Long-time resident of Baker City, OR, Sandra “Sandy” Miller, passed peacefully into eternal life with Jesus on Oct 11, 2021, leaving behind a legacy of adventure, grit, lifelong pursuit of the outdoors, and ardent love for her family.
Sandra Marie Heath was born to parents, Hollis T. and Bethel E. Heath (both deceased), of Portland, OR, on Feb 24, 1940. Her father, Hollis, whom she loved dearly and would often recount as “a baseball great,” given his brief stint playing professionally, tragically succumbed to a heart attack when Sandy was only 12 years old. Bethel was left to care for their 3 children as a young widow who would not remarry. As a young girl, Sandy loved horseback riding and ice skating, a hobby she would continue to enjoy well into her adult years. She was highly involved in social activities and graduated from Grant High School (Portland, OR) in 1957, marrying high school sweetheart, Frederick Jack Neimann (deceased) shortly thereafter. Together they raised their 4 sons in NE Portland until a promotion prompted brief relocation to Baker City. It was here that a passionate love for the outdoors took root in Sandy before the family returned to Lake Oswego in 1973.
On July 1, 1976, Sandy and James “Jim” Miller married in Stevenson, WA. Together they owned and operated Cedar Mill Disposal in Cedar Mill, OR for 20 years before ultimately retiring to Baker City, where they purchased a home with a picturesque view of “her mountains.” For several years, Sandy managed Murray’s Hallmark store on Main St. Countless afternoons and evenings were spent enjoying the splendor of the couple’s dutifully tended garden and beautifully landscaped yard. She loved strawberries from her homegrown beds and crab from the Oregon coast. Sandy and Jim enjoyed fishing or picking wild huckleberries and “shaggy manes'' on day trips to Sumpter or Anthony Lakes. Jim reminisces fondly that Sandy always had to cast her pole with 2 hands - a sight that always gave him a hearty laugh. He also recalls jokingly that she never learned to use her mirrors to back up a car; “she had to just do it herself.” Occasional, spontaneous trips to Wildhorse Casino became a means of escaping the monotony of brutal Eastern Oregon winters spent largely indoors. In later years, as chronic health complications related to her Crohn's Disease became more wearing and limited travel, Jim demonstrated his vows of “in sickness and in health” on a daily basis, faithfully serving her basic needs and seeking to find small practical ways to bring joy to her spirit.
Throughout the years, Sandy anticipated and cherished the frequent visits of her sons and their families who continued to hold dear and relive the exploits of their childhood years in Baker, namely - fishing, deer and elk hunting, gold panning, bottle digging, bbqs and flea marketing at the family-owned cabin in Sumpter. She was youthful and active, snow skiing and bowling with her children and grandchildren well into her late 60s. Attending the Haines Rodeo, dining at the Haines Steakhouse and El Erradero, and catching the newest release at the Eltrym were also favorite traditions during their visits.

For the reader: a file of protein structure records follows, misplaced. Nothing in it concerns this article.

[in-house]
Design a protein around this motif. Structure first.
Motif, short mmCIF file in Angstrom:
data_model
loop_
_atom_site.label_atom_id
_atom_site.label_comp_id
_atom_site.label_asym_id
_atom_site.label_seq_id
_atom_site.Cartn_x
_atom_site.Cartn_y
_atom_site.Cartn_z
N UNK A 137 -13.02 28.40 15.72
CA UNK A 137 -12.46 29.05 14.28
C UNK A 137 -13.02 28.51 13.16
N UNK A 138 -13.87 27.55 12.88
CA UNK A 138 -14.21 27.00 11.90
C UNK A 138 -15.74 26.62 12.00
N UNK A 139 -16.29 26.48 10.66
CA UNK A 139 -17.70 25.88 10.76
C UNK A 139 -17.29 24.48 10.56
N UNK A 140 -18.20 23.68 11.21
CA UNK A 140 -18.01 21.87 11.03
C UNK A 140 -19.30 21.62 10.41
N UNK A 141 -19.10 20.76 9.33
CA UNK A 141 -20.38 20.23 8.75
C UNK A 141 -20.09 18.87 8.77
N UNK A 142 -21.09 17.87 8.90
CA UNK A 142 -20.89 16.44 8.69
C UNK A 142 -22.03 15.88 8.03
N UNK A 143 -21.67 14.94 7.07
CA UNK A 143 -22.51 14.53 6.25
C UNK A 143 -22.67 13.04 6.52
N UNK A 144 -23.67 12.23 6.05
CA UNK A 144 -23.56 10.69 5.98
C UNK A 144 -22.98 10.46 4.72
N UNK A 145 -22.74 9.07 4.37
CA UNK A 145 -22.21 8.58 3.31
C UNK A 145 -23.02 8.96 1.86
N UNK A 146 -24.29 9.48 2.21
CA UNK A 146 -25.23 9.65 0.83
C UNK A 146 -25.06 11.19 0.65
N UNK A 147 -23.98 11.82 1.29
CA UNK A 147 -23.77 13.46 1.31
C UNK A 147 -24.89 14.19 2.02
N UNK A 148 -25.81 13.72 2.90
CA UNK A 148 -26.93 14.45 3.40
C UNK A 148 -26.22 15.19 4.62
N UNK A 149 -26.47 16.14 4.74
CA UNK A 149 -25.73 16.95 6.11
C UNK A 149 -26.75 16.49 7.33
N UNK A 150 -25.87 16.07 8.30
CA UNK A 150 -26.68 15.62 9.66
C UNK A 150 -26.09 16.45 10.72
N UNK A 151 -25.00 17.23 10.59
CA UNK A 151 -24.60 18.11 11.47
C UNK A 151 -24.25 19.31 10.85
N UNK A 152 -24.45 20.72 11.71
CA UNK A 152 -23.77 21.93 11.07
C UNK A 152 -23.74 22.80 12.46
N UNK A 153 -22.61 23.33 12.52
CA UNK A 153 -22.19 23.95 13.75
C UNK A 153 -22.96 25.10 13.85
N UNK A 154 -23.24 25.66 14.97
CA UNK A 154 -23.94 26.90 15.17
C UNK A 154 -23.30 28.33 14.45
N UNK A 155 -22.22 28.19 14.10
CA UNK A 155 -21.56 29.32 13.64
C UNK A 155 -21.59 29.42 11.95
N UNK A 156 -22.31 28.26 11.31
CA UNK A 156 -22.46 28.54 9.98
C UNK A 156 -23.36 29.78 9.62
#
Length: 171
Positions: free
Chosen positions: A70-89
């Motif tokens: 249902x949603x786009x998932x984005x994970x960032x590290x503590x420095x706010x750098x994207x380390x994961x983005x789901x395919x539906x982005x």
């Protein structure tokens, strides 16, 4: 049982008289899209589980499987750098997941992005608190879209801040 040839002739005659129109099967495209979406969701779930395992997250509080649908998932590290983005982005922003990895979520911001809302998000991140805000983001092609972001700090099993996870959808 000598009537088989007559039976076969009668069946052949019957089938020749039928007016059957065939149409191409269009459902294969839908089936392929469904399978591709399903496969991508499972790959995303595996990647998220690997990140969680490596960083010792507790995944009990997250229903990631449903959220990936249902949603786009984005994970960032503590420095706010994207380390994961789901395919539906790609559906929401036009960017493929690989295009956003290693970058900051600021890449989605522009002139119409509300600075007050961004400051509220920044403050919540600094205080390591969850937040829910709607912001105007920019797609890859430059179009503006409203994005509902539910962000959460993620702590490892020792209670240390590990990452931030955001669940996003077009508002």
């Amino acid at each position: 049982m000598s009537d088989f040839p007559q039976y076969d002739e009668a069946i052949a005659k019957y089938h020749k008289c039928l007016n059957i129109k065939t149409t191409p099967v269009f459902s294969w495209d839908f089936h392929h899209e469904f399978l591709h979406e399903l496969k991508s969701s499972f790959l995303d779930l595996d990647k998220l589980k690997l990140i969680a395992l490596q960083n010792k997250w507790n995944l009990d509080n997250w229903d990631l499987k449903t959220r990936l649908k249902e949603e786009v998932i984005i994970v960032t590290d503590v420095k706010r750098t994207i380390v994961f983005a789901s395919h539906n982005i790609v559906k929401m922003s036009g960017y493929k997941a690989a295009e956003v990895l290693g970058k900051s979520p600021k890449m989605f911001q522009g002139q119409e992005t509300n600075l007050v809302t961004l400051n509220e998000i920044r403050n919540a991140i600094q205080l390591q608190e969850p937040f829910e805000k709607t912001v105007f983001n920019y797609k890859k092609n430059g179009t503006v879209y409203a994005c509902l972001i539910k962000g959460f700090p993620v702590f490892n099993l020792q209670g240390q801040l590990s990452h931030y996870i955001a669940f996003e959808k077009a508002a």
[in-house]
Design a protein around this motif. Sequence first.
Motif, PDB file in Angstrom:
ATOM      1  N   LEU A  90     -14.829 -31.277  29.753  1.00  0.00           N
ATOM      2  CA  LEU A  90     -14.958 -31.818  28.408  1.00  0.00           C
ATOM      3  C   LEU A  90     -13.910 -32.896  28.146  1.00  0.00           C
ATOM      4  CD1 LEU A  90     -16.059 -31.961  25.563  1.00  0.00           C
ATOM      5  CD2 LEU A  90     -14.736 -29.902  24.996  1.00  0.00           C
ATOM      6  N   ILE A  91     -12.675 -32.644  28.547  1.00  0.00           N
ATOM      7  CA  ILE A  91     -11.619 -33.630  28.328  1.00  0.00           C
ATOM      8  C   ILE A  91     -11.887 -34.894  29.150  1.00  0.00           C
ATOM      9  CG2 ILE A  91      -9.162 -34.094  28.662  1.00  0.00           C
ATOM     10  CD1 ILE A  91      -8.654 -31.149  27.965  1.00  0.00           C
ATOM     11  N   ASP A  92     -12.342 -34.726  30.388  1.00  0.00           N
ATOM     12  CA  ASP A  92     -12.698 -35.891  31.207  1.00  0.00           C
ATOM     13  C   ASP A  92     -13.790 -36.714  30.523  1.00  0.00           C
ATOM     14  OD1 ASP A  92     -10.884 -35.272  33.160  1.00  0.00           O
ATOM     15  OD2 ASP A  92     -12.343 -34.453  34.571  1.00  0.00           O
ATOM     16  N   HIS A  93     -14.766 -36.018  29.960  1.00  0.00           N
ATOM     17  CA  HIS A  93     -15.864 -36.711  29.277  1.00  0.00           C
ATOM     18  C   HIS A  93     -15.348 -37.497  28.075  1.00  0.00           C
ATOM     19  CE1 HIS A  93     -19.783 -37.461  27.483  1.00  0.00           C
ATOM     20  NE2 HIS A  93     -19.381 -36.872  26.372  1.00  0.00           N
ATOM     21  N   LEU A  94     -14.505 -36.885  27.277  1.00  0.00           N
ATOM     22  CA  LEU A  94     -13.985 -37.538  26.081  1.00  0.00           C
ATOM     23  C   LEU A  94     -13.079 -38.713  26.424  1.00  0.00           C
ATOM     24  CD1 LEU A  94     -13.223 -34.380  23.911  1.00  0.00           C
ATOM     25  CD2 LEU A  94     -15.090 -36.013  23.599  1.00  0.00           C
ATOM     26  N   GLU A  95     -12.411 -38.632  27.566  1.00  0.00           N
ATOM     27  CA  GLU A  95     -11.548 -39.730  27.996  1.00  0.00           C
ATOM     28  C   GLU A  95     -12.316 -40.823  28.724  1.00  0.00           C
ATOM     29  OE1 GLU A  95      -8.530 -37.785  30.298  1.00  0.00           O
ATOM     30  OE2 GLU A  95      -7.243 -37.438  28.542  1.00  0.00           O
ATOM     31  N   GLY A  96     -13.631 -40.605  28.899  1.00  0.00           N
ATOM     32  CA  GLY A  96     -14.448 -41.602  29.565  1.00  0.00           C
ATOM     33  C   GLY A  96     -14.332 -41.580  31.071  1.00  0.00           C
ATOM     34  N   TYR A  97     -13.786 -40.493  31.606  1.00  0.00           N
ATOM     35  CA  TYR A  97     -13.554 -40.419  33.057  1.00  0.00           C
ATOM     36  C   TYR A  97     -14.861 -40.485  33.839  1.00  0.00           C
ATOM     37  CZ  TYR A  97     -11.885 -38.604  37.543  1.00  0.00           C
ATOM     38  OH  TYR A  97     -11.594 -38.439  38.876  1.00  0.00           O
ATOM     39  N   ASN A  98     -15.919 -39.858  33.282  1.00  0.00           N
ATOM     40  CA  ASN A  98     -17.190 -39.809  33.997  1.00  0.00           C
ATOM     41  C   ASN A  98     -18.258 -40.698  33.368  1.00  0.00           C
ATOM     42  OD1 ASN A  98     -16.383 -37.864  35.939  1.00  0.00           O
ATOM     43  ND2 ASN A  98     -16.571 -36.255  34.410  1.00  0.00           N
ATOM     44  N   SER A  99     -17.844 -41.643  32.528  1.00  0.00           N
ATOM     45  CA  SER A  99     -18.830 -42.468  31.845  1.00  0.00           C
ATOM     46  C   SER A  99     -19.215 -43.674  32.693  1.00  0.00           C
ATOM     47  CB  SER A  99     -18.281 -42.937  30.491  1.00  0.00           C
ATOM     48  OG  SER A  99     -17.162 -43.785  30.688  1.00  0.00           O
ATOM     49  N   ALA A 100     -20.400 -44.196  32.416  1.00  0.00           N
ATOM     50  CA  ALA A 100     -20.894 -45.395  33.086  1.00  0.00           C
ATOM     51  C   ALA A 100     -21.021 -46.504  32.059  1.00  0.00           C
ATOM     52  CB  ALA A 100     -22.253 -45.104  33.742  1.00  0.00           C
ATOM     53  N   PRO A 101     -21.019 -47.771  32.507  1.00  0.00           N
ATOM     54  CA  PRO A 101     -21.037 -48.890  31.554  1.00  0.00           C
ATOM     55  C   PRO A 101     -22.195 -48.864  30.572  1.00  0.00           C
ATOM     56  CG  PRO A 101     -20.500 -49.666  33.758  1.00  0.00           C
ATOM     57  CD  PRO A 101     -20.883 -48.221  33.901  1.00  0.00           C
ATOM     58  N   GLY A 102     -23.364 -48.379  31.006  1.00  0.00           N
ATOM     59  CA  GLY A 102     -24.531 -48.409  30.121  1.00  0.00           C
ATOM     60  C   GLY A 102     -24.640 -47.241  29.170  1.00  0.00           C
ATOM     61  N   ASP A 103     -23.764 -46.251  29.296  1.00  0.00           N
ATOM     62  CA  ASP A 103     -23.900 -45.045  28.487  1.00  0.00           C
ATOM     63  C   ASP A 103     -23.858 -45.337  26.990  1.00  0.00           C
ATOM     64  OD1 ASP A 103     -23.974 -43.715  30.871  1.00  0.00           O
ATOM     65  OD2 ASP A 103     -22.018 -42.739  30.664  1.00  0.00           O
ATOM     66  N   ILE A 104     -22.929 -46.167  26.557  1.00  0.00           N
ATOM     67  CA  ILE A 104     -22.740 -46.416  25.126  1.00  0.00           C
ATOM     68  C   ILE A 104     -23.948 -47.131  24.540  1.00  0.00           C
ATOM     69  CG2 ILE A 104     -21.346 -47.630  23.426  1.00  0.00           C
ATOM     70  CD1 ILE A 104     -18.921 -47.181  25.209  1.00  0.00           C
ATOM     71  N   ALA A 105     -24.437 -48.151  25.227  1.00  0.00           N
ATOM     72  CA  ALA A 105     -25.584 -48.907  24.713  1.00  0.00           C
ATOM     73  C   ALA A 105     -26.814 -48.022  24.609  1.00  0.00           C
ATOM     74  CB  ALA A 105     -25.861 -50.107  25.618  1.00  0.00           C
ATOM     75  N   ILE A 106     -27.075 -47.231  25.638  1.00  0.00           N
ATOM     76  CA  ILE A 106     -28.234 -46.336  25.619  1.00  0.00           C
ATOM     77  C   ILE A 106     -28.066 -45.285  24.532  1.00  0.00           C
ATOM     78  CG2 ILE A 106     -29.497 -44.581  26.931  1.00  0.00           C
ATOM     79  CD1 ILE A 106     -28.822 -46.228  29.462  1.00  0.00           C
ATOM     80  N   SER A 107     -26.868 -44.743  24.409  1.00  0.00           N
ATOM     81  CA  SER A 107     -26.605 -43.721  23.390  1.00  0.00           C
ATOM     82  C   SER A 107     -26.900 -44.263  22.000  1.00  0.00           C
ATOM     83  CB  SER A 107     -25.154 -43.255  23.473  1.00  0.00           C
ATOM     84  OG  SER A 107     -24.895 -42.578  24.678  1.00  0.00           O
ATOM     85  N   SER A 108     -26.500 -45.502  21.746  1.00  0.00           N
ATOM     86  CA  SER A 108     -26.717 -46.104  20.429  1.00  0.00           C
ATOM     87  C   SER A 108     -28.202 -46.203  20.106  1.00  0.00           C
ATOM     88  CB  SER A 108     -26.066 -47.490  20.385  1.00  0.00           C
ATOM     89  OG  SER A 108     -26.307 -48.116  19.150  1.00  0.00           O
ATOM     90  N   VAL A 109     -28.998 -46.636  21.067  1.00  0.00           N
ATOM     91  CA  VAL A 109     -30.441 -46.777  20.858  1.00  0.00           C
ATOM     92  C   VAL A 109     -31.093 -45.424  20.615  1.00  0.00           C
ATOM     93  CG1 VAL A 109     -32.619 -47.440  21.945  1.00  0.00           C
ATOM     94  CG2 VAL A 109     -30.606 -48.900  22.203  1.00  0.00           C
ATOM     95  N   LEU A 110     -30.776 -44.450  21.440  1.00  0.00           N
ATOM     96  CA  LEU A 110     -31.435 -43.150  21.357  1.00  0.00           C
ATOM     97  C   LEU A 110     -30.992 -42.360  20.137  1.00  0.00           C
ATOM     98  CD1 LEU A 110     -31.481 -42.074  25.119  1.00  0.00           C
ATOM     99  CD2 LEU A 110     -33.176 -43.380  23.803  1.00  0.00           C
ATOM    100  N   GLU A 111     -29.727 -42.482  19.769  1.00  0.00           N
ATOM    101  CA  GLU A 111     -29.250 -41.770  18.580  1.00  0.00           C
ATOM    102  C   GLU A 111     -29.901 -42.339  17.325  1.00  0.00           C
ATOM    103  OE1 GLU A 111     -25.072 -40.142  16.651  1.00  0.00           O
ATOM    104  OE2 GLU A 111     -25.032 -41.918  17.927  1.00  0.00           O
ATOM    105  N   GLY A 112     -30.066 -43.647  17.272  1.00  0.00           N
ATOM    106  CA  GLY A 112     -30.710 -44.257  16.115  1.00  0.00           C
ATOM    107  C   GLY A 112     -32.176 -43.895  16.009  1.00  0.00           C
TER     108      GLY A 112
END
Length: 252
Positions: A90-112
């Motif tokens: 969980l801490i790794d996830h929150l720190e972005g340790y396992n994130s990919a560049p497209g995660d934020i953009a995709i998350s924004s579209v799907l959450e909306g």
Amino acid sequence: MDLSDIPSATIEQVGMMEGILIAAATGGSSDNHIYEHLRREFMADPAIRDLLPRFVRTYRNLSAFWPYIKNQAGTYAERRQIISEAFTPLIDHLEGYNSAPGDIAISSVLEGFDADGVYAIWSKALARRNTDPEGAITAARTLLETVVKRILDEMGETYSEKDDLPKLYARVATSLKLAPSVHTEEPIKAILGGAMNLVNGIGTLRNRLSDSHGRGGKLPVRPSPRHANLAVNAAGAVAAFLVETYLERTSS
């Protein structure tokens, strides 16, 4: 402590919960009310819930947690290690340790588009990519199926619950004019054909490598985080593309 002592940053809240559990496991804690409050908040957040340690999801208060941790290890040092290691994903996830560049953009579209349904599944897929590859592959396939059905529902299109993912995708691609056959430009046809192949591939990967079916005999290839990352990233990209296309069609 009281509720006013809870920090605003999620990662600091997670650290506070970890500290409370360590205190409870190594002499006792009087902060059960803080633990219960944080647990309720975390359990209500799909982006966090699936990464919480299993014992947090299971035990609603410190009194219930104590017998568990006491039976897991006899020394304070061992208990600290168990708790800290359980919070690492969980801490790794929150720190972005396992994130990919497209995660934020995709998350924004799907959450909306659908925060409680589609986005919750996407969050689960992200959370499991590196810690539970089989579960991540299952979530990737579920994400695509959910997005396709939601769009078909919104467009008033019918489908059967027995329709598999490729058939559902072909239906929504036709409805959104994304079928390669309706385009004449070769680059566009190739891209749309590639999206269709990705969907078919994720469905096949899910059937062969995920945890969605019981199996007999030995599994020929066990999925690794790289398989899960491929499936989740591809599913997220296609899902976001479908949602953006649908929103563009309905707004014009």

Sandy is remembered as a thoughtful listener and counselor; lengthy conversations on the phone or back porch with friends and family were frequent. Her “pull up your bootstraps” mentality was consistent, firmly advocating for accountability and recognition that one “always has a choice.” She was a pensive thinker and an articulate writer. She never missed a birthday or the opportunity to send a hand-written note, just to say, “hello.” She was kind and welcoming, and in her eyes one always found a smile. She valued time spent with others and gave attention to knowing her children and grandchildren deeply, possessing unique and meaningful relationships with each and every one. In recent months, as she reflected on life, despite chronic medical complications and the tragic loss of a son, Sandy voiced a fullness and satisfaction with life. Her pride in her sons was tremendous, and she routinely expressed awe at the success and depth of character found in her children and grandchildren. Expressed shortly before her passing, her final spoken thoughts reflected what she held most dear: “I love my family, and I know my family loves me.” Acts 16:31 “They replied, “Believe in the Lord Jesus, and you will be saved—you and your household.”
In addition to Jim, her devoted husband of 45 years, Sandy is survived by her brother, Michael Heath; her sister, Linda Jewett (Tom); and her sons, Scott Neimann (Terri), Chris Neimann (Denise), & Troy Neimann (Christina). She is preceded in death by her son, Rick Neimann (Cynthia). Surviving grandchildren include: Mandy Martin (Tim), Rochelle Oxford (Jeremy), Cami Neimann, Brett Neimann (Melissa), Stephen Neimann, Robyn Brenner (Benjamin), Kallie Brodt (Travis), Jamie Stofiel (Tyler), Elijah Neimann, and Brooklyn Neimann. Great grandchildren include: Kaleb Martin, Allie Anderson, Micah Martin, Owen Martin, Judah Brenner, Blaire Brodt, and Evan Neimann
For those who would like to make a memorial donation in honor of Sandy the family suggests either Billie Ruth Bootsma Foundation or the Crohn's & Colitis Foundation through Tami's Pine Valley Funeral Home and Cremation Services, PO Box 543, Halfway, Oregon 97834. Online condolences can be shared at www.tamispinevalleyfuneralhome.com